Papua New Guinea

In July 2011, a team of scientists from The Unites States and New Zealand went on an expedition to New Britain in Papua New Guinea. The objective was to undertake wildlife surveys of the Lake Hargy caldera that has been so far devoid of human influence and which has never been scientifically studied.

The team was lead by John Lane of Chico University in the States who has been to the area for the past couple of years doing geographic surveying. My role was to conduct bird surveys to ascertain what species might be in the area. Also on the expedition were Dylan van Winkel (herpetofaunal surveys), Don Miller (butterfly, moth, and spider sampling), Heidi Rogers (rainbow eucalypt surveying), Alan Rhoades and Emily Ramsey (spider and moth collection), and Matt Power (journalist).

We hiked for a day into the jungle and set up base camp next to Lake Hargy. From here we conducted surveys of the surrounding area for 4 weeks, setting up new camps as we went. We saw all manner of crazy animals and the pristine bush was unimaginable. We were assisted by 15 or so local “bois” and “meris” (boys and girls in the local Nakanai language). These were locals (mostly teenagers) from the Nakanai tribe of New Britain, whose land it was that we were investigating. They helped us build the camp out of wood and vines, build rafts out of inner tubes and, you guessed it, wood and vines! They also were invaluable in helping to carry in supplies and equipment (of which we had huge amounts). Their strength was amazing, they made a generator look like a box of air as they swung it over their shoulders. Needless to say they made the journey in a lot less time than we did!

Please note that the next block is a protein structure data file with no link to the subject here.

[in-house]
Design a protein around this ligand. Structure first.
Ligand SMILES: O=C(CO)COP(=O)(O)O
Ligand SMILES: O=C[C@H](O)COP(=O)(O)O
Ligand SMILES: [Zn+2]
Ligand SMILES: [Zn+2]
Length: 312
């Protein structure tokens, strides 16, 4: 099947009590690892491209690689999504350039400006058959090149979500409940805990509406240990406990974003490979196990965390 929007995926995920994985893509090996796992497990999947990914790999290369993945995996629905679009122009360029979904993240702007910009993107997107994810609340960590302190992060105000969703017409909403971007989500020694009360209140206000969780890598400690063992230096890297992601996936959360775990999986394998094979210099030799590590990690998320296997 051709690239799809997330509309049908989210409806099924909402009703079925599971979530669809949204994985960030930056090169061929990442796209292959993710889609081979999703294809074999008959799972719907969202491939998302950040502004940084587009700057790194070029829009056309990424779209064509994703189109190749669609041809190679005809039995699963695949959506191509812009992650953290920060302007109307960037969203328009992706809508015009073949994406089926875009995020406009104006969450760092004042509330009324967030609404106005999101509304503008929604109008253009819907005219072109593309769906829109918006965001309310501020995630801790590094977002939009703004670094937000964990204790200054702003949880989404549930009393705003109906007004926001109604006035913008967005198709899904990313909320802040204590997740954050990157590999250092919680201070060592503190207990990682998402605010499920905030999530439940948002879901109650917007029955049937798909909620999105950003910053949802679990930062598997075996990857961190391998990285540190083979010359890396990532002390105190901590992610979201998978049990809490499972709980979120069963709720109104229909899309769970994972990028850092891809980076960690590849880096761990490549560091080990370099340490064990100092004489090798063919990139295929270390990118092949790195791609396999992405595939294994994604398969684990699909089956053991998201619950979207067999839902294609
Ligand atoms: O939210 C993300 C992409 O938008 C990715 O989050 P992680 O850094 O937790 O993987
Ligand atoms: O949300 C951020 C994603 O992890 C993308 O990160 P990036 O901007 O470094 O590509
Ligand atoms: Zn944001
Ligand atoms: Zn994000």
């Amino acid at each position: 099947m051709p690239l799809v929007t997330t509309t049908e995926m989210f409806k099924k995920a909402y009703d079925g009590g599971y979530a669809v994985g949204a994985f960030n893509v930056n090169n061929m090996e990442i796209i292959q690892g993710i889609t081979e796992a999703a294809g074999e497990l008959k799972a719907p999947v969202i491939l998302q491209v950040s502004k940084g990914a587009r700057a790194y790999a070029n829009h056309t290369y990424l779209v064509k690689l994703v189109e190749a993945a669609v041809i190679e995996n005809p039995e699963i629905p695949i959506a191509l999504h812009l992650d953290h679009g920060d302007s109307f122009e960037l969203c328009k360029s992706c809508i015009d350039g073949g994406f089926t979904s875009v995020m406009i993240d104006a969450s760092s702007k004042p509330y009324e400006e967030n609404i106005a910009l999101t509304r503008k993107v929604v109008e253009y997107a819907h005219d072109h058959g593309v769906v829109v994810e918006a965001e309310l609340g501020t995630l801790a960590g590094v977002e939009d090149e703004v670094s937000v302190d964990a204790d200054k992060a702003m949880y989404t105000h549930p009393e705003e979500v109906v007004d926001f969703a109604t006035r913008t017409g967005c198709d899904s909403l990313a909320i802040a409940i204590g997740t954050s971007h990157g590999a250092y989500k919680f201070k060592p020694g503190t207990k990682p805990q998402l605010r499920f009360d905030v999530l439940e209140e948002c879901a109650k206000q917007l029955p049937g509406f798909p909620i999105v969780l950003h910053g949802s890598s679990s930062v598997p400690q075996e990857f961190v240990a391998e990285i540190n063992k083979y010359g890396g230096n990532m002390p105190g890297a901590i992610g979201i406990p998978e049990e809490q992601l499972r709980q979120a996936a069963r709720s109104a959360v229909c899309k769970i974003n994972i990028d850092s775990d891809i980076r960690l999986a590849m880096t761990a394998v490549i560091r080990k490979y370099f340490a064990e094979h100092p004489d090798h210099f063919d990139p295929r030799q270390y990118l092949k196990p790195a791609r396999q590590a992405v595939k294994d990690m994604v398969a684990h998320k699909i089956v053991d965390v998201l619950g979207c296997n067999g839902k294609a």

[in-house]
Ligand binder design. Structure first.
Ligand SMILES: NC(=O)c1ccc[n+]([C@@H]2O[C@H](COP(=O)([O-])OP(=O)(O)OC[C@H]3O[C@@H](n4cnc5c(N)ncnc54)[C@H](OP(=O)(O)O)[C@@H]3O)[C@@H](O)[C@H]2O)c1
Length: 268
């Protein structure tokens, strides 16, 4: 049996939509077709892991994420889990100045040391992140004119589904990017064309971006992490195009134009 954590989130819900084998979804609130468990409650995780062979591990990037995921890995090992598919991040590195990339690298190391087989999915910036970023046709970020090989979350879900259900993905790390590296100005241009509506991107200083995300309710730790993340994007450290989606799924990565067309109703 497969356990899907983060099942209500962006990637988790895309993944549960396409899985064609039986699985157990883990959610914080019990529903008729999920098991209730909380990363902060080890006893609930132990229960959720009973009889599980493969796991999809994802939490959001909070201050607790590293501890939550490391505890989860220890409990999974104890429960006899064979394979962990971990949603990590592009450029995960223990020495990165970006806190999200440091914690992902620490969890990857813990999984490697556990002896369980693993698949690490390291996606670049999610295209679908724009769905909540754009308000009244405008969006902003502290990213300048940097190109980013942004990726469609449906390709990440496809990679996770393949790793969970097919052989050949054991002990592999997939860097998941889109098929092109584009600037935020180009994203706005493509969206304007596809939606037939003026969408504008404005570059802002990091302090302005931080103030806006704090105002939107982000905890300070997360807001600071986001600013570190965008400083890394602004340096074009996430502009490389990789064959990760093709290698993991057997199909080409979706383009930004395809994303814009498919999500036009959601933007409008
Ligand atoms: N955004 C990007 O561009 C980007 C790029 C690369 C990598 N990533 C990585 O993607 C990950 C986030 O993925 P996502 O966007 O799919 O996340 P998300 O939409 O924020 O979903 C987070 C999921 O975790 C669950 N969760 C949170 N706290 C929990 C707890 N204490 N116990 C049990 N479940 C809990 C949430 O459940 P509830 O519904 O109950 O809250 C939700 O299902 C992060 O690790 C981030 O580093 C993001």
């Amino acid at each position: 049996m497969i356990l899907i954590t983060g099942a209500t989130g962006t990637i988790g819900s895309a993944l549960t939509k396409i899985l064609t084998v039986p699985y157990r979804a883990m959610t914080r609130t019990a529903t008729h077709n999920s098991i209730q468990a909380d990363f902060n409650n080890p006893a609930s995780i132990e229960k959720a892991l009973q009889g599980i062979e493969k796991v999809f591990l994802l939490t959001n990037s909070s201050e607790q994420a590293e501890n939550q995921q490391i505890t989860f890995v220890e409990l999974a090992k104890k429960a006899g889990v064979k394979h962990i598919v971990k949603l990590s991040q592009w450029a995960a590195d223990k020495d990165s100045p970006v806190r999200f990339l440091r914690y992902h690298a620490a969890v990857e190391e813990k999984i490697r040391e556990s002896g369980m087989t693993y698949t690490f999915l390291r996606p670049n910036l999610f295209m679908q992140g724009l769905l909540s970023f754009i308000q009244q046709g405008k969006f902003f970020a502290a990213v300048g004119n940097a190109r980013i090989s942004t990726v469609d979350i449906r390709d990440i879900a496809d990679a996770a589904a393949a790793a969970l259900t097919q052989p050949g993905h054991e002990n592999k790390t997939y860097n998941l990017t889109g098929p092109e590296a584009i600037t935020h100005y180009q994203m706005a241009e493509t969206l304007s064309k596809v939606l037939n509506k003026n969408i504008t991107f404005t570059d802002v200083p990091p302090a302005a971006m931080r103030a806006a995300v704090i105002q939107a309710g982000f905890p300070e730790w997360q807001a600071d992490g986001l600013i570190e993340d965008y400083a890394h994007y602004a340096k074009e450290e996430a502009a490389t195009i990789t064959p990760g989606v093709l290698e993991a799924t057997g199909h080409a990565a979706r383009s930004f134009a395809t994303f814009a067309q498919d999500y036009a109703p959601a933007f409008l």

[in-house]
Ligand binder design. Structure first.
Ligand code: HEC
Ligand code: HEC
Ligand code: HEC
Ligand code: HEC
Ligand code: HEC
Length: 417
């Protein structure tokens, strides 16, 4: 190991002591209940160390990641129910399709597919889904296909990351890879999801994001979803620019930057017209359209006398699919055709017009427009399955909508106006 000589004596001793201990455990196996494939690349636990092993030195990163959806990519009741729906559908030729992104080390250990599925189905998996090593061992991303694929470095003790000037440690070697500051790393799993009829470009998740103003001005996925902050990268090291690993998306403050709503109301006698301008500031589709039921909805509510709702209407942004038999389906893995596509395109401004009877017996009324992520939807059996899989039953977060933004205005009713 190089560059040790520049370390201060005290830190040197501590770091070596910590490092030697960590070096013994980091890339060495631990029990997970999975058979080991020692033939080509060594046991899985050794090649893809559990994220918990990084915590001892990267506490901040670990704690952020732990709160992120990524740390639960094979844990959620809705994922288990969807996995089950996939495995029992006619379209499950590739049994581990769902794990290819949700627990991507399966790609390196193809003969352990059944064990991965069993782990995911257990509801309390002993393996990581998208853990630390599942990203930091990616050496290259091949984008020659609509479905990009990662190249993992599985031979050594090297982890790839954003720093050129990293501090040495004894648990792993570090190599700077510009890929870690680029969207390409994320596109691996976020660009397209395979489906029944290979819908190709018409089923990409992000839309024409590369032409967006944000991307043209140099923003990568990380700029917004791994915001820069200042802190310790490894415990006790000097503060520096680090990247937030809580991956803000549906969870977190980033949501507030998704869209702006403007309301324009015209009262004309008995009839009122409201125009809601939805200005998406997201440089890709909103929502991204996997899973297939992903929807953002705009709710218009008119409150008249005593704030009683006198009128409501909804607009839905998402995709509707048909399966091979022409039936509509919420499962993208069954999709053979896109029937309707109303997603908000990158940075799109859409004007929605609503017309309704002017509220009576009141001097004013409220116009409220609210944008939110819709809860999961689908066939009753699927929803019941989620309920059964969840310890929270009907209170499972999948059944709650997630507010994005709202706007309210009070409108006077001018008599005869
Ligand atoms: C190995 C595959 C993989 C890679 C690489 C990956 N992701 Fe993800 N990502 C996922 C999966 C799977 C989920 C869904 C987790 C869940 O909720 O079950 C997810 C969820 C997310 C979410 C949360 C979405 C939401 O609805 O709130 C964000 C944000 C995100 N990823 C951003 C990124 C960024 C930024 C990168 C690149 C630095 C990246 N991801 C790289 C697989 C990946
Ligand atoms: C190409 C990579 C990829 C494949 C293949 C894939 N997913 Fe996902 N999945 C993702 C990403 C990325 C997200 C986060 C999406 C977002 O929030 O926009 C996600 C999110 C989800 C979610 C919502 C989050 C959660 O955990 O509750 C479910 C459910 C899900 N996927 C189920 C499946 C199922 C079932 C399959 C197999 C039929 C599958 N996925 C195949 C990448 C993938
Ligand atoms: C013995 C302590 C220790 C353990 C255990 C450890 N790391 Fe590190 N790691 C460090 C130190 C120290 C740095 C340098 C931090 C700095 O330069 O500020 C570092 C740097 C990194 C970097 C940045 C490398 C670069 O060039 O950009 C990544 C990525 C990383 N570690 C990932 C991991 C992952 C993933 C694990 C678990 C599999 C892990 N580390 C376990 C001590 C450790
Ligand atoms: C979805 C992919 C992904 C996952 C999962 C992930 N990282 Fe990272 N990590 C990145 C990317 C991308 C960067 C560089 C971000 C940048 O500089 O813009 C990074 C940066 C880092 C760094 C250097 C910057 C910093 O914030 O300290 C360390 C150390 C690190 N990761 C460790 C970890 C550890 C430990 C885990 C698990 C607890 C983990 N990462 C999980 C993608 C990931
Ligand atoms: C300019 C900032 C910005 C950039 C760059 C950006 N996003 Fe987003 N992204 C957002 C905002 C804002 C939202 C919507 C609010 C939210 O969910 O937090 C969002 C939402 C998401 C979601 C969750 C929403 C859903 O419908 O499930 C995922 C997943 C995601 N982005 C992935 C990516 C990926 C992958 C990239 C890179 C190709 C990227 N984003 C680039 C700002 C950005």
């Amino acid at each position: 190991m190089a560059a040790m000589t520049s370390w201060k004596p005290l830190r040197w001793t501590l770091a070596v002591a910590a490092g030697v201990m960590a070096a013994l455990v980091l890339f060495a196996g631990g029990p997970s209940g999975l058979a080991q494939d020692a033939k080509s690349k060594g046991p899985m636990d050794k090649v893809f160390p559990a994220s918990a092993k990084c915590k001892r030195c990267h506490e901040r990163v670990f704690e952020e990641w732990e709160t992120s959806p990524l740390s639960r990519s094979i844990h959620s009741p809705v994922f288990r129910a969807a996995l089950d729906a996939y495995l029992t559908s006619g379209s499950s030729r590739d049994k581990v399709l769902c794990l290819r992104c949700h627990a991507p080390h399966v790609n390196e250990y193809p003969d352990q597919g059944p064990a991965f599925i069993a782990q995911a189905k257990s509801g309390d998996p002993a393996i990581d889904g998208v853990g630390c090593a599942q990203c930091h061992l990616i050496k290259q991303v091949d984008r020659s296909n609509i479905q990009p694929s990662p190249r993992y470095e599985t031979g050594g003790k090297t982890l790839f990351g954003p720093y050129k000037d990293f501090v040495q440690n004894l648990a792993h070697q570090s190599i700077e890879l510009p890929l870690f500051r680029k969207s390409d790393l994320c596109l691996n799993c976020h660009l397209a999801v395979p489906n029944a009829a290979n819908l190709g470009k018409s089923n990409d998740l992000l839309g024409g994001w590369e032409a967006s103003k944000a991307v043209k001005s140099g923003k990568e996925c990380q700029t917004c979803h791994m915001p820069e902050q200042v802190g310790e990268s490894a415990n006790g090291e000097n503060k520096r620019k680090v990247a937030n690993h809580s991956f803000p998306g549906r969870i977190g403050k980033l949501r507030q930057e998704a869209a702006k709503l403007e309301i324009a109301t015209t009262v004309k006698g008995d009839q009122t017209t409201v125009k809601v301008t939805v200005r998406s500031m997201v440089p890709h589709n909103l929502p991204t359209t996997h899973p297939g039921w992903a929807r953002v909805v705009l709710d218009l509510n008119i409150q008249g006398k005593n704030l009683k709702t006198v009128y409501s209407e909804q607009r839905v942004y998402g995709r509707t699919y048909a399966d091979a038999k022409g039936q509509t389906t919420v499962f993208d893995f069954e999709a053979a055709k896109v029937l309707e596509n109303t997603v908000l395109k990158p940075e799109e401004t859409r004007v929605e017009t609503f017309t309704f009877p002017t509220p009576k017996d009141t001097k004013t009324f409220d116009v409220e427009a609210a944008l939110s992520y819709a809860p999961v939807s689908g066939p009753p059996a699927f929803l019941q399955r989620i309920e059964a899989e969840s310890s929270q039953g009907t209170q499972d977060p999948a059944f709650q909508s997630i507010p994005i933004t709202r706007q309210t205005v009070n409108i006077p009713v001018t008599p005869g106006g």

New Britain’s pristine rainforest is threatened by the ever-advancing tide of palm oil. Much of the north coast of New Britain is now only palm oil; plantations so extensive that they look like a carpet from the air. New Britain has lost half of its rainforest since independence in 1975. A large part of the remaining forest is still unexplored, particularly in the vast Nakanai ranges which span the centre of the island. This is worrying as species may be gone before we even have time to know that they were there.

The purpose of our trip was to document the species living in the Lake Hargy area, and secondly to educate the local people of the importance of preserving their forest and not handing it over to be turned into palm oil. With no settlements nearby, this forest is one of the most untouched in the world  – no mean feat in today’s world. I hope you enjoy some of the photos from the trip.

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